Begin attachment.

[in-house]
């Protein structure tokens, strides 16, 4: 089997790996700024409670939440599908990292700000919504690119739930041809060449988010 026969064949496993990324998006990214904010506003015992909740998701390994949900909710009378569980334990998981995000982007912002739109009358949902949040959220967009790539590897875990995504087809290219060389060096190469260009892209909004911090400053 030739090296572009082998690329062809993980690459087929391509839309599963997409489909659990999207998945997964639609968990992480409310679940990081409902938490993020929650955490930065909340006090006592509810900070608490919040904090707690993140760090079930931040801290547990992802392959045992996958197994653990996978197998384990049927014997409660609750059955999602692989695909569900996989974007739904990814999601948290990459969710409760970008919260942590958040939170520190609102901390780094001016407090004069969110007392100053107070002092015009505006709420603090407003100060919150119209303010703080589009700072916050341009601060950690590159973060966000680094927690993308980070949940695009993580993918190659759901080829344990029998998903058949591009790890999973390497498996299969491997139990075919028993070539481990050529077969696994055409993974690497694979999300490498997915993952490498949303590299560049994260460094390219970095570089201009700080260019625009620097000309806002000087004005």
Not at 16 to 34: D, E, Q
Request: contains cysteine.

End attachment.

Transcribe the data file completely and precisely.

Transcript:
[in-house]
């Protein structure tokens, strides 16, 4: 089997790996700024409670939440599908990292700000919504690119739930041809060449988010 026969064949496993990324998006990214904010506003015992909740998701390994949900909710009378569980334990998981995000982007912002739109009358949902949040959220967009790539590897875990995504087809290219060389060096190469260009892209909004911090400053 030739090296572009082998690329062809993980690459087929391509839309599963997409489909659990999207998945997964639609968990992480409310679940990081409902938490993020929650955490930065909340006090006592509810900070608490919040904090707690993140760090079930931040801290547990992802392959045992996958197994653990996978197998384990049927014997409660609750059955999602692989695909569900996989974007739904990814999601948290990459969710409760970008919260942590958040939170520190609102901390780094001016407090004069969110007392100053107070002092015009505006709420603090407003100060919150119209303010703080589009700072916050341009601060950690590159973060966000680094927690993308980070949940695009993580993918190659759901080829344990029998998903058949591009790890999973390497498996299969491997139990075919028993070539481990050529077969696994055409993974690497694979999300490498997915993952490498949303590299560049994260460094390219970095570089201009700080260019625009620097000309806002000087004005």
Not at 16 to 34: D, E, Q
Request: contains cysteine.